Open science hardware (OSH) are prototypes of laboratory instruments that use open source hardware to extend the purely epistemic (improving knowledge about nature) and normative (improving society) ideals of science and emphasize the importance of technology. They remind us of Zilsel’s 1942 thesis about the artisanal origins of science and instrument making that bridged disciplinary and social barriers in the 16th century. The emphasis on making, tinkering, and design transcends research, reproducibility, and corroboration in science and pushes to the forefront educational, emancipatory, and aesthetic and exploratory uses. I will use two recent projects, OpenDrop electrowetting platform and Open Source Estrogen that make but also reflect OSH’s playful, expressive, and performative strategies and define the present practices as “artisanal science.” These hybrid and ambiguous practices bridge divides between present disciplines and skills but they also define science as an everyday activity directly connected to the private and public interests of the citizens. To describe this epistemic and normative ambiguity of artisanal science, I employ Hannah Arendt’s 1958 critique of homo laborans and homo faber and claim that science artisans (citizen scientists, geeks, makers, and hackers) offer an alternative to professionalization of science as practiced in the university and R&D laboratories. Science artisans design and build instruments to engage in civic “vita activa” over instruments but also leisurely “otium” outside of the work and science labor. OSH in this sense empowers individuals and communities to explore new connections between scientific practices, public actions, and private interests (leisure). The science artisans strive for and explore sovereignty, dignity, and freedom in an age immersed in science and technology controversies by bridging the divides between art, science, engineering, and humanities.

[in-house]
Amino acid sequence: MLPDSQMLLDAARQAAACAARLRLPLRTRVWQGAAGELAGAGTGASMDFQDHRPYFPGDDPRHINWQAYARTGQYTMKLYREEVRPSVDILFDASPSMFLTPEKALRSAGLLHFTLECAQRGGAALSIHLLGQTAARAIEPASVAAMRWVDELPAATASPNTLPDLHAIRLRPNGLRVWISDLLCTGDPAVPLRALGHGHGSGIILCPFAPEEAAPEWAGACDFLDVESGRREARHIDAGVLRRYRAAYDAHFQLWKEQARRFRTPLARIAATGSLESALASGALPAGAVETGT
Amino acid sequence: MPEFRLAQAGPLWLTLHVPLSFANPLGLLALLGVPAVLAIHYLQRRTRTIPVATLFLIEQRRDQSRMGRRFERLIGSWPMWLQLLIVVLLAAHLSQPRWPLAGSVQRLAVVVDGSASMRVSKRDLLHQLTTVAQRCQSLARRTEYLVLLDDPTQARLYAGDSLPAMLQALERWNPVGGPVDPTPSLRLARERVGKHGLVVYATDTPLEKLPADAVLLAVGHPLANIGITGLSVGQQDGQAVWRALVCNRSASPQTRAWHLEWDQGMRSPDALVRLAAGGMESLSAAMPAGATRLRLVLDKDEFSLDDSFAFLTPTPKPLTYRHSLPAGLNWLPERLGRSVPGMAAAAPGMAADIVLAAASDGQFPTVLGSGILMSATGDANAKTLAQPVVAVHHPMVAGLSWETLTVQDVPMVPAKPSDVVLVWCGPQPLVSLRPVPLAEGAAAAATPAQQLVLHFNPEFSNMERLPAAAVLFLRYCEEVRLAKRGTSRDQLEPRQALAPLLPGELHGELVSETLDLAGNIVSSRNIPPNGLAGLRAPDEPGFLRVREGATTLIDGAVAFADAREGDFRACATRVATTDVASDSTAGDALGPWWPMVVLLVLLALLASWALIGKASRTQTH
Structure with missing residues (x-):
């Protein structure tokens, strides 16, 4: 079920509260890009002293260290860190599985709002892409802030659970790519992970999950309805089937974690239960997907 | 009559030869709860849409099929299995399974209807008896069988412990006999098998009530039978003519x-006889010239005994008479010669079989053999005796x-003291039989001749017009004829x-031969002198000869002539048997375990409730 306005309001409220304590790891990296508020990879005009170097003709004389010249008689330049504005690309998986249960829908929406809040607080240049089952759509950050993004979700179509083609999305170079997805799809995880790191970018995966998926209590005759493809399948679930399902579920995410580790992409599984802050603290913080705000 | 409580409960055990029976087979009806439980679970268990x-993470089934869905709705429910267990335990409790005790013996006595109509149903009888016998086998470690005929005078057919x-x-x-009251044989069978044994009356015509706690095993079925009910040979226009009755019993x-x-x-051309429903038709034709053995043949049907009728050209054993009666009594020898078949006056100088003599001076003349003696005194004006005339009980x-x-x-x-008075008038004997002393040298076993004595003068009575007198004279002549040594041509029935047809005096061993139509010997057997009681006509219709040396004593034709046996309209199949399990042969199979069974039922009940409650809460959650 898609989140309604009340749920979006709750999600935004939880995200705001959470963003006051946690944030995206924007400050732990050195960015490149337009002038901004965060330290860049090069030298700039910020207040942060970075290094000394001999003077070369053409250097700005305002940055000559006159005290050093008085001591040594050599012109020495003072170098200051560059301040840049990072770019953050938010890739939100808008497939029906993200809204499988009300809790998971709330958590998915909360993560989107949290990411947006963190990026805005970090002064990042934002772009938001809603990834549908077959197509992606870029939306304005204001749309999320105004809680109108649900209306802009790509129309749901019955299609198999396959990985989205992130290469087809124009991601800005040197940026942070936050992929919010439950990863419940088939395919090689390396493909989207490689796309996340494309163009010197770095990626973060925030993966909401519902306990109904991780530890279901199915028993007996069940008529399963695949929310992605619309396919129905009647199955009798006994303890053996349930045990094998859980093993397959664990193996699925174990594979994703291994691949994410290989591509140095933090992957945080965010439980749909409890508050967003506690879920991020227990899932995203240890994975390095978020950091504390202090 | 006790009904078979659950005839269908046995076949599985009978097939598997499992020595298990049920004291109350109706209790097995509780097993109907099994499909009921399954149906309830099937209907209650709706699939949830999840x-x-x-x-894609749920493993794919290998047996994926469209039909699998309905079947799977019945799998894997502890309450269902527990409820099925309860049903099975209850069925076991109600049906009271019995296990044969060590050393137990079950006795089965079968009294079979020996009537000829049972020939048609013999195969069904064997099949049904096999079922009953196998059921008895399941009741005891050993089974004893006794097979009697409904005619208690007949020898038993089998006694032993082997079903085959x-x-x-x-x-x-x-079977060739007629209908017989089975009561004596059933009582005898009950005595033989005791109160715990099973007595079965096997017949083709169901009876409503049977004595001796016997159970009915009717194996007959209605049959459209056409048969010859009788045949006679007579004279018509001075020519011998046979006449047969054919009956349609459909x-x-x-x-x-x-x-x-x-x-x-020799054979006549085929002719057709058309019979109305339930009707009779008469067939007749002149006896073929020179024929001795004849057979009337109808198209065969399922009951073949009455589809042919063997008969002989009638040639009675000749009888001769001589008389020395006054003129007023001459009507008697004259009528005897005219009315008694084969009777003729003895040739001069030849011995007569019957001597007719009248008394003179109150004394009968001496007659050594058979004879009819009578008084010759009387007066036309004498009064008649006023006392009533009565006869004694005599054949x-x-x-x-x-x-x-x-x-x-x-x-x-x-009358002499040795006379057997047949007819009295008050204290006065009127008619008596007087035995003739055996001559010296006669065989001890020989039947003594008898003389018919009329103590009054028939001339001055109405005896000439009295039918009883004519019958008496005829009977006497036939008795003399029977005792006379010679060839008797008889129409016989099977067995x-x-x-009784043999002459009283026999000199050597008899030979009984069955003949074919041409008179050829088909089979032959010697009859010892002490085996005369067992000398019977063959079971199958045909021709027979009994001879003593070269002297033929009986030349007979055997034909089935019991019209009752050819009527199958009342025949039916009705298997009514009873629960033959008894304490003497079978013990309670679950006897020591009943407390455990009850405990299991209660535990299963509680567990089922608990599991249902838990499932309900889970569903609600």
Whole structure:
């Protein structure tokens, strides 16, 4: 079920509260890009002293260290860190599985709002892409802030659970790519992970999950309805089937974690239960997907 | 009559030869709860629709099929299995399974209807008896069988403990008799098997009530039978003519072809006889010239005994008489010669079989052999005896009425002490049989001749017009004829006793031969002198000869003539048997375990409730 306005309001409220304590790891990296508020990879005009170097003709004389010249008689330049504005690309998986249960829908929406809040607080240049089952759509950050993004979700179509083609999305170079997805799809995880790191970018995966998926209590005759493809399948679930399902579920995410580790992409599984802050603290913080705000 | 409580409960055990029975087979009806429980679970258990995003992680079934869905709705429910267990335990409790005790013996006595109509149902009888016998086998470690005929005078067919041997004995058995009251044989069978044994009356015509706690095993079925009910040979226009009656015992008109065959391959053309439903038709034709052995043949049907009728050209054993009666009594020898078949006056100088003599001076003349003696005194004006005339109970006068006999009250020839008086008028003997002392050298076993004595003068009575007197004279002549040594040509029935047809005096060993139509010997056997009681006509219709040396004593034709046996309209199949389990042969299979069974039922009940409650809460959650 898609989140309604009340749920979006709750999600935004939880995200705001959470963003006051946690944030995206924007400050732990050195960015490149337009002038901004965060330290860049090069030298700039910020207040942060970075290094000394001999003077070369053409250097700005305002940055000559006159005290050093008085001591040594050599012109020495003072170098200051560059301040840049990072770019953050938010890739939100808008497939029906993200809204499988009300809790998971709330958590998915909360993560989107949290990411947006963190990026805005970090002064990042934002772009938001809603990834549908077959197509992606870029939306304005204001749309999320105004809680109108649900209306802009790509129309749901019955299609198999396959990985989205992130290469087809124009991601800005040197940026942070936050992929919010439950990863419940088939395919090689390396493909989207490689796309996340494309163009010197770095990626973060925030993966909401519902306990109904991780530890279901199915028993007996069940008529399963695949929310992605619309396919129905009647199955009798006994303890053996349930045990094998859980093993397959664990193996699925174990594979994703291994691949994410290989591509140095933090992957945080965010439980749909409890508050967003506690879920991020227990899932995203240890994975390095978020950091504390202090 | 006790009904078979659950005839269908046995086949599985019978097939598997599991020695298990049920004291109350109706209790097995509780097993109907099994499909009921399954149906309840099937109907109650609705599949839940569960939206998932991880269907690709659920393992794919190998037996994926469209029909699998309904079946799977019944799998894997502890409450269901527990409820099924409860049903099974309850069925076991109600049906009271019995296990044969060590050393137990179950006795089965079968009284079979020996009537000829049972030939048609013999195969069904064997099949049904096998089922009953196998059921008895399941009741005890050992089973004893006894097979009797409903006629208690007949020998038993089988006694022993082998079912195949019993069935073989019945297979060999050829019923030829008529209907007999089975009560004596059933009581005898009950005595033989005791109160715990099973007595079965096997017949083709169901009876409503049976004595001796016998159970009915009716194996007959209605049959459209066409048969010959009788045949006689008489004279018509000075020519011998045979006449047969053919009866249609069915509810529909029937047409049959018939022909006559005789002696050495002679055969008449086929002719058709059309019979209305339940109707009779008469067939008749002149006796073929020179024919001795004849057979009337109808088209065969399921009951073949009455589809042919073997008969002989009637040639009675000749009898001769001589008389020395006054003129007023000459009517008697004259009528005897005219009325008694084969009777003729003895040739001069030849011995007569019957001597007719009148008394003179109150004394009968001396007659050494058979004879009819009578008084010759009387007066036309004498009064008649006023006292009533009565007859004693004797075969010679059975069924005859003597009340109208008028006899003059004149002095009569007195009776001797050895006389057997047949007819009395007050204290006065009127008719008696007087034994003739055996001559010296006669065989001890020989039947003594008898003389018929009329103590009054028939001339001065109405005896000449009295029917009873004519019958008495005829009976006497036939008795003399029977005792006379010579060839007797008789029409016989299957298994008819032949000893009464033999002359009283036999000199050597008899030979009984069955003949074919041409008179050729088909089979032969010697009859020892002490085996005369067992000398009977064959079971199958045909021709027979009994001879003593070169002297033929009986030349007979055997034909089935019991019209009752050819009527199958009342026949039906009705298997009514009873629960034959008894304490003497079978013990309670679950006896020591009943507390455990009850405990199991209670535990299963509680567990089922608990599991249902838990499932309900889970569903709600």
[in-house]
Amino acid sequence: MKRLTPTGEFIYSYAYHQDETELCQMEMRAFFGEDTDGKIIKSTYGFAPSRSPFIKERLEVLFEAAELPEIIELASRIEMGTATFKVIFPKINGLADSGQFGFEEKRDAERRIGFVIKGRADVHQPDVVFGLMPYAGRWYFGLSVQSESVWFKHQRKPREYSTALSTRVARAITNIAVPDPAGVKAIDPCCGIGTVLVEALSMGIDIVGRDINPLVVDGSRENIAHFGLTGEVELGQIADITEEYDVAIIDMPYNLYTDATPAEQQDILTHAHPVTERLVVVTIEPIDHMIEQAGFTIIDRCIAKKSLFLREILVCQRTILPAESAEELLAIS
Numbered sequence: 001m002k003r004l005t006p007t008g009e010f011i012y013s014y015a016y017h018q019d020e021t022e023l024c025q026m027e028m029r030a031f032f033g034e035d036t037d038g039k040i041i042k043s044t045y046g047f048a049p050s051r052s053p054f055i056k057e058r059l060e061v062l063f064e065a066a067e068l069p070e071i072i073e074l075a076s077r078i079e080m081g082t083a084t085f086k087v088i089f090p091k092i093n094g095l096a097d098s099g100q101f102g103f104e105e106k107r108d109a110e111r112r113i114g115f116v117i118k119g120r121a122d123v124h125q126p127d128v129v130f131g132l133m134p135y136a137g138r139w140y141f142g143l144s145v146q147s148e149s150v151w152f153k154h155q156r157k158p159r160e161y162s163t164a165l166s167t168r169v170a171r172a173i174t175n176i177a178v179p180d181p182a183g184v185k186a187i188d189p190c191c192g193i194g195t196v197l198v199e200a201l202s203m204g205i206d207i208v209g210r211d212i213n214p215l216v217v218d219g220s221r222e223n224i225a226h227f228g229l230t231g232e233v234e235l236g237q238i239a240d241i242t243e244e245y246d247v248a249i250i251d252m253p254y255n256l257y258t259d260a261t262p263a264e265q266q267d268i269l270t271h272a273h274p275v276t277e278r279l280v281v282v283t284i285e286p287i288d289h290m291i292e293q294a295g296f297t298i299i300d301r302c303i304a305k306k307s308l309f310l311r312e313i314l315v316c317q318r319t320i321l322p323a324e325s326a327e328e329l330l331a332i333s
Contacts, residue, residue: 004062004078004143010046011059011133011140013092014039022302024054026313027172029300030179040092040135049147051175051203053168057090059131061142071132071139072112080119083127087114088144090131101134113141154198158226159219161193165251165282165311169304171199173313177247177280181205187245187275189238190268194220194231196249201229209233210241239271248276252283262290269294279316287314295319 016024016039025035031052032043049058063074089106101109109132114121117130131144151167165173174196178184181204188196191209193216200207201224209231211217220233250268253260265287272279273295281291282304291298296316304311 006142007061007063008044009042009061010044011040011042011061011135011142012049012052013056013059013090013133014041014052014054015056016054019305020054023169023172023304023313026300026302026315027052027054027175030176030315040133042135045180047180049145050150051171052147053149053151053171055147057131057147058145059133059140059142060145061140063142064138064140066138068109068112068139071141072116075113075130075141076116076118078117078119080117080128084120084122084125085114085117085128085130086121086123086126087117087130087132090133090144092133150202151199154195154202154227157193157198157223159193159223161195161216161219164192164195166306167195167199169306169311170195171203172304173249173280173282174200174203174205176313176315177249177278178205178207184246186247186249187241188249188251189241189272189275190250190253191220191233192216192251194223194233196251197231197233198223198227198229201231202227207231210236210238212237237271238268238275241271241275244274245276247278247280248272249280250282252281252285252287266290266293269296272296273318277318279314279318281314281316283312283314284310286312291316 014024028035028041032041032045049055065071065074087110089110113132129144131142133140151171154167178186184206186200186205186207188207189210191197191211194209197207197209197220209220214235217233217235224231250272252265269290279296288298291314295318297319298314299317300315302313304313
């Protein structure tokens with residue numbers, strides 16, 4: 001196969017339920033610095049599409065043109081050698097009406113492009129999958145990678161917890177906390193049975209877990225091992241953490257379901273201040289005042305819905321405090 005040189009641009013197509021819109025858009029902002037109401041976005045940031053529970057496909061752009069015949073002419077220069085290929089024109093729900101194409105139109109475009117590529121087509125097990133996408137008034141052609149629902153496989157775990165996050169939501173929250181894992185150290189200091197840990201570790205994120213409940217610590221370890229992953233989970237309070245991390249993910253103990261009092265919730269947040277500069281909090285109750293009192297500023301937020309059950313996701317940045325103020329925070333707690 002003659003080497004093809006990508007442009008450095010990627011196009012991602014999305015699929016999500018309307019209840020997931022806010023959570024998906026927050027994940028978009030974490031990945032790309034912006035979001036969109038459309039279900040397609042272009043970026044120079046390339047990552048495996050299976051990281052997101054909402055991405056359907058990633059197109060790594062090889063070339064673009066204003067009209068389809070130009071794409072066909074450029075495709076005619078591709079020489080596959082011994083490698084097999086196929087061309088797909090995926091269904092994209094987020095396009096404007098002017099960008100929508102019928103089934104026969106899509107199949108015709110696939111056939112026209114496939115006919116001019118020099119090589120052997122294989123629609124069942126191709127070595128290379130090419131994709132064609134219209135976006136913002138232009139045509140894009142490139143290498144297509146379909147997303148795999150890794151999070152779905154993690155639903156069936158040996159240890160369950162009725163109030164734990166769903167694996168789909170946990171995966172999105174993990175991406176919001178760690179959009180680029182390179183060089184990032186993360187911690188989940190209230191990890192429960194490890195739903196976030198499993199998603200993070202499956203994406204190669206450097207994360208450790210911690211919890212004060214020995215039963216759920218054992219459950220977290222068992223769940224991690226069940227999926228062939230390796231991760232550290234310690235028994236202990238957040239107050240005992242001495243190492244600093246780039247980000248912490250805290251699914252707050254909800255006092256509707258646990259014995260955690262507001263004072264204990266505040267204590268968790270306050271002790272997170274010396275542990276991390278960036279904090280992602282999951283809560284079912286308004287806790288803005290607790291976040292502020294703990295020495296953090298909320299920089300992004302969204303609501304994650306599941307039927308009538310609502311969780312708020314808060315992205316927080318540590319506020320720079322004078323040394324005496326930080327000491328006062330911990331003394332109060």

Bulletin of Science, Technology & Society – SAGE
Published: Jun 1, 2017